연세의대 / 김상연, 조재호*
Lung inflammation and fibrosis are common side effects of radiotherapy that can lead to serious reduction in the quality of life of patients. However, no effective treatment is available, and the mechanisms underlying its pathophysiology are poorly understood. Irradiation increases formyl peptide receptor 2 (FPR2) expression in lung tissue, and FPR2 agonists are known to promote the uptake of apoptosis cells, referred to as efferocytosis that is a hallmark of the resolution of inflammation. Herein, in a mouse model of radiation-induced lung injury (RILI), efferocytosis was induced by injecting apoptotic cells into the lung through the trachea, and its correlation with FPR expression and the effect of efferocytosis and FPR expression on RILI were assessed. Interestingly, when apoptotic cells were injected into the lung, the radiation-induced increase in FPR2 expression was further amplified. In the mouse model of RILI, apoptotic cell instillation reduced the volume of the damaged lung and prevented the decrease in lung function. Additionally, the expression of inflammatory cytokines, fibrosis-related markers, and oxidative stress-related markers was reduced by apoptotic cell instillation. Co-administration of apoptotic Jurkat cells and WRW4, the FPR2 antagonist, reversed these effects. These findings suggest that efferocytosis induced by apoptotic cell instillation and enhanced FPR2 expression attenuate RILI, thereby alleviating lung inflammation and fibrosis.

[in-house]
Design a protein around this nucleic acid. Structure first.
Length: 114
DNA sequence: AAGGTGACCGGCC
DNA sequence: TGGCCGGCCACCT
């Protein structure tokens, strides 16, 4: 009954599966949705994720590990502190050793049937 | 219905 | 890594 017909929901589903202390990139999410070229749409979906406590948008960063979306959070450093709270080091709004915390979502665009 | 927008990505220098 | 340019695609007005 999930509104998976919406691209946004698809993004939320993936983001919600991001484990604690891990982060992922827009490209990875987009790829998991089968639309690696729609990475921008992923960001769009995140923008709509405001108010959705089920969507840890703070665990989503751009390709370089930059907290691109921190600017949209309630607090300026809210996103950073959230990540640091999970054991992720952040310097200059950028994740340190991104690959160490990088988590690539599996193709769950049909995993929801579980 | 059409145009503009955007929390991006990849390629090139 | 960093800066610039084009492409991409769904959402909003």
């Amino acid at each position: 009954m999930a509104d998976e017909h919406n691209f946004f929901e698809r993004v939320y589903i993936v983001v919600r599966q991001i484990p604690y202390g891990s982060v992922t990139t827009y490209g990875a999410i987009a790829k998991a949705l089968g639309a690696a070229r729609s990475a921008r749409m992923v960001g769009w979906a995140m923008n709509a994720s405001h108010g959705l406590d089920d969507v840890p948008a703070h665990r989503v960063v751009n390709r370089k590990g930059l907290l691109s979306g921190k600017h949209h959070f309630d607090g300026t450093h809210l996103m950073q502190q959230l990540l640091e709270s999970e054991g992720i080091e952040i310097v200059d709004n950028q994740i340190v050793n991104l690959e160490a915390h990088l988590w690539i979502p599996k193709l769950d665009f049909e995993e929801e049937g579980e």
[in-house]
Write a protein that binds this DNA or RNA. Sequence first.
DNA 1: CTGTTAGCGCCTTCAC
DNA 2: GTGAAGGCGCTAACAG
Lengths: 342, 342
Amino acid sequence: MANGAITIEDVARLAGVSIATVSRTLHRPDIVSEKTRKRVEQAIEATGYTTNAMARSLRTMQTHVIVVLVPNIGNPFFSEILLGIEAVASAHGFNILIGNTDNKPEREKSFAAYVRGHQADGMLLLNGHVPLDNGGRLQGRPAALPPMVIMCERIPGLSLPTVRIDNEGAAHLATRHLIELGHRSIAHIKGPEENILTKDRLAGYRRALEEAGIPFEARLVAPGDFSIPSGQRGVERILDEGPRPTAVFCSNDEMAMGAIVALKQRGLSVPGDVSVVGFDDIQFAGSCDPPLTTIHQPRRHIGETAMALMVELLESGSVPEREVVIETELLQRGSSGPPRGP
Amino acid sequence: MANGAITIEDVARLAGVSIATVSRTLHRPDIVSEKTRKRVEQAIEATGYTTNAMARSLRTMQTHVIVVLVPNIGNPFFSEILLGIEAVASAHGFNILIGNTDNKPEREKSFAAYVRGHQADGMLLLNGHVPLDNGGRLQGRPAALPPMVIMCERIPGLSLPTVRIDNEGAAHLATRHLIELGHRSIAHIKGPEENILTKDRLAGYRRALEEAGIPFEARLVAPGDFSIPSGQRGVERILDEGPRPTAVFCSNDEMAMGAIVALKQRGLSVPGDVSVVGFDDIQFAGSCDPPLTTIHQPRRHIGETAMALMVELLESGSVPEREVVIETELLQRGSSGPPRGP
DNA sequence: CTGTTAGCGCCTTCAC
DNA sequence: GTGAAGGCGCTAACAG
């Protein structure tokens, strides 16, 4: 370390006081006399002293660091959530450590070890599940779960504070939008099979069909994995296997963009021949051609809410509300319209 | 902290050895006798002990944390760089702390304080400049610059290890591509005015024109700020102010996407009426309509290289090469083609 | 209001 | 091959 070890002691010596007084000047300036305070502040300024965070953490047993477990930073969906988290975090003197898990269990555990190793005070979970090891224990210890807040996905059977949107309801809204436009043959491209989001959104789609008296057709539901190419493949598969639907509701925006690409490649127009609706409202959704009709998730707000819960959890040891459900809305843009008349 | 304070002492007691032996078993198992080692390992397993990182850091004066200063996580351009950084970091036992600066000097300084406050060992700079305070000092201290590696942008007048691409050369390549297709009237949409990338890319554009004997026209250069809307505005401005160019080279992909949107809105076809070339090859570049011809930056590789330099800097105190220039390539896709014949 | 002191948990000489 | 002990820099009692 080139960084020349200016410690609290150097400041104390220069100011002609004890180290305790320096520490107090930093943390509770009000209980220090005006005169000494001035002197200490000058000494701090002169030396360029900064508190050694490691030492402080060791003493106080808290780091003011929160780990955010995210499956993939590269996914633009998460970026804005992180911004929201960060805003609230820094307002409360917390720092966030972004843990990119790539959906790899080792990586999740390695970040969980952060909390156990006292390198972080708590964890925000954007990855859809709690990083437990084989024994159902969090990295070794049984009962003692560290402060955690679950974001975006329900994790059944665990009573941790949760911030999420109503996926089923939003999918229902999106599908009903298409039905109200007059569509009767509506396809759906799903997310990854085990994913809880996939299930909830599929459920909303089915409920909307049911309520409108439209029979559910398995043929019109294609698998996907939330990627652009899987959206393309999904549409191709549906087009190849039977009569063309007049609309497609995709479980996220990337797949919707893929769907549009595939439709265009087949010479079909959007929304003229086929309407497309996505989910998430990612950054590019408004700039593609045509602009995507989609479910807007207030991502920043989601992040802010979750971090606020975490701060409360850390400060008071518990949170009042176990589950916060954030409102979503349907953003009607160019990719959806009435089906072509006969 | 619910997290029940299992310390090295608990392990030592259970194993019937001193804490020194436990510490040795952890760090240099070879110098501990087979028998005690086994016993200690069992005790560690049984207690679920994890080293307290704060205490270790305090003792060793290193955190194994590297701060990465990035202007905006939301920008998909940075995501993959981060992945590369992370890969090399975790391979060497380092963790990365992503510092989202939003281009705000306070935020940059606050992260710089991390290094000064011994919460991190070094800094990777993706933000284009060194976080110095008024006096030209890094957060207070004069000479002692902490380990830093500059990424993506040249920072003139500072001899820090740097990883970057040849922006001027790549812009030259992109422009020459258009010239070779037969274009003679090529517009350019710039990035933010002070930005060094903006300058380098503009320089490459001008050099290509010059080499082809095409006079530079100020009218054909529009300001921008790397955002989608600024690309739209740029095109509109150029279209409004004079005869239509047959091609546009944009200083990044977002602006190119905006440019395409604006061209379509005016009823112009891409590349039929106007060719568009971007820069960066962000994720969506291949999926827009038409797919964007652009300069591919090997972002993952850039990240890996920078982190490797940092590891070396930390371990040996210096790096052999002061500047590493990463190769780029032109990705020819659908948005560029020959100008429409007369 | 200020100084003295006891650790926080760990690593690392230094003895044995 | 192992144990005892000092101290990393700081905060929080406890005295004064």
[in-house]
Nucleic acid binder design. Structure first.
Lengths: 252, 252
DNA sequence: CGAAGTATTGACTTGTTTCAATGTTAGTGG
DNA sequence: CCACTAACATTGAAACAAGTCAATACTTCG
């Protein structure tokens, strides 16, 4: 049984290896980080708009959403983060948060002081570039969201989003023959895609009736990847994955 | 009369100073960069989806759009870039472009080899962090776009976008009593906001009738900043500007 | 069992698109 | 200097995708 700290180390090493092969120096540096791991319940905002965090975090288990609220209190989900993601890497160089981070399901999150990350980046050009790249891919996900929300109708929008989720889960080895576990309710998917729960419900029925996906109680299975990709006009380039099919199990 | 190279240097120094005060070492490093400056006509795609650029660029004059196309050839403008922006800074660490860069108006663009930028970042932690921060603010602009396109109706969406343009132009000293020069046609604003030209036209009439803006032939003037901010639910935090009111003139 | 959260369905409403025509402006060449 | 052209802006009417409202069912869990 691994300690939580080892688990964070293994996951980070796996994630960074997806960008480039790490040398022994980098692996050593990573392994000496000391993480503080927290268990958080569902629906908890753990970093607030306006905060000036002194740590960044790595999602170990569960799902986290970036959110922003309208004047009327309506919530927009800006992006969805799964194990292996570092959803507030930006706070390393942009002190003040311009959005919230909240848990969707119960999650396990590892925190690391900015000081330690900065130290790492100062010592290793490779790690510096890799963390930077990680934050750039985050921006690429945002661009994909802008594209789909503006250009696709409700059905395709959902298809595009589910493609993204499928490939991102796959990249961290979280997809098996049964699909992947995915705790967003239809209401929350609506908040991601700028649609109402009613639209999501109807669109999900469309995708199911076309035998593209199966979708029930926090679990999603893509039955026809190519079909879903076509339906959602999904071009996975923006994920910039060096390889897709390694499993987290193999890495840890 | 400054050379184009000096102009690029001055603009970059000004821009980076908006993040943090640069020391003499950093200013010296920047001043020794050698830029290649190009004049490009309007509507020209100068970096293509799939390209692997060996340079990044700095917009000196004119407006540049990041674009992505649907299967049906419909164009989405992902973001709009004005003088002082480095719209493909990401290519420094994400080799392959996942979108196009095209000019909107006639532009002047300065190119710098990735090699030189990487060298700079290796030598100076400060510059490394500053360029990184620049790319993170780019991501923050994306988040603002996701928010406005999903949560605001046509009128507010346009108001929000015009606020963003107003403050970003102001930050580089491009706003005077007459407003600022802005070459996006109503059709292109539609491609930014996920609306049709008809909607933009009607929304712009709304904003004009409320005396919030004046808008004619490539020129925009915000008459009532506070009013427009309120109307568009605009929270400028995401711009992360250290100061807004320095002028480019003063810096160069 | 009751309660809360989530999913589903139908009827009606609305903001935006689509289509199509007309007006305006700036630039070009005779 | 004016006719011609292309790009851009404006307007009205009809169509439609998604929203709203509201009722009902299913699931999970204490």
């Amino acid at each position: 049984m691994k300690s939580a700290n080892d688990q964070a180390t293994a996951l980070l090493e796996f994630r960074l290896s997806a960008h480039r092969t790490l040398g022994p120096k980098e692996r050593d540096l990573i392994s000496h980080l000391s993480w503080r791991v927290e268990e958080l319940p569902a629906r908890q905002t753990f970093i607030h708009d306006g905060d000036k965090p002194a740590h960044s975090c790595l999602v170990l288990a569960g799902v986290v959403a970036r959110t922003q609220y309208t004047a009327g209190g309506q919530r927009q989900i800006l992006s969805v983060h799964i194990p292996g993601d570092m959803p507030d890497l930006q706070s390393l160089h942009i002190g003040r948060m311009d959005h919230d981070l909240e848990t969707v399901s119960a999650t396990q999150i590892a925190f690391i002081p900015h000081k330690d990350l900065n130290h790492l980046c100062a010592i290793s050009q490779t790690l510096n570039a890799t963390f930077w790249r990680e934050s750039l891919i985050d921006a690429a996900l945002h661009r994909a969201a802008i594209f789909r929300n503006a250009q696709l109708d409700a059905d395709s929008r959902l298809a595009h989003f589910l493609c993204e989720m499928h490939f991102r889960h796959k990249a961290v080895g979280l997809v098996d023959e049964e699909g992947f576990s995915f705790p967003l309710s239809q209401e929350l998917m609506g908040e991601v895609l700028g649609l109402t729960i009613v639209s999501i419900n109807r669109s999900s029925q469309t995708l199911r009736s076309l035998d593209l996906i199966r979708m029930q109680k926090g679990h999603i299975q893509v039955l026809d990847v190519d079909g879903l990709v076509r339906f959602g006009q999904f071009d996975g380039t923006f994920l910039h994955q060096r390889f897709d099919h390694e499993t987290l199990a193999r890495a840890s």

Sang Yeon Kim 1 , Jin-Mo Kim 2 , Son Ro Lee 1 , Hyun-Jin Kim 1 , Jae Hee Lee 1 , Ho Lim Choi 1 , Yoon-Jin Lee 3 , Yun-Sil Lee 4 , Jaeho Cho 5
1 Department of Radiation Oncology, Yonsei University College of Medicine, 50-1 Yonsei-ro, Seodaemun-gu, Seoul, 03722, South Korea.
2 Department of Radiation Oncology, Yonsei University College of Medicine, 50-1 Yonsei-ro, Seodaemun-gu, Seoul, 03722, South Korea; Department of Manufacturing Pharmacy, Natural Product Research Institute, College of Pharmacy, Seoul National University, Seoul, South Korea.
3 Korea Institute of Radiological and Medical Science, Seoul, South Korea.
4 Graduate School of Pharmaceutical Science, Ewha Womans University, Seoul, South Korea.
5 Department of Radiation Oncology, Yonsei University College of Medicine, 50-1 Yonsei-ro, Seodaemun-gu, Seoul, 03722, South Korea. Electronic address: email@example.com.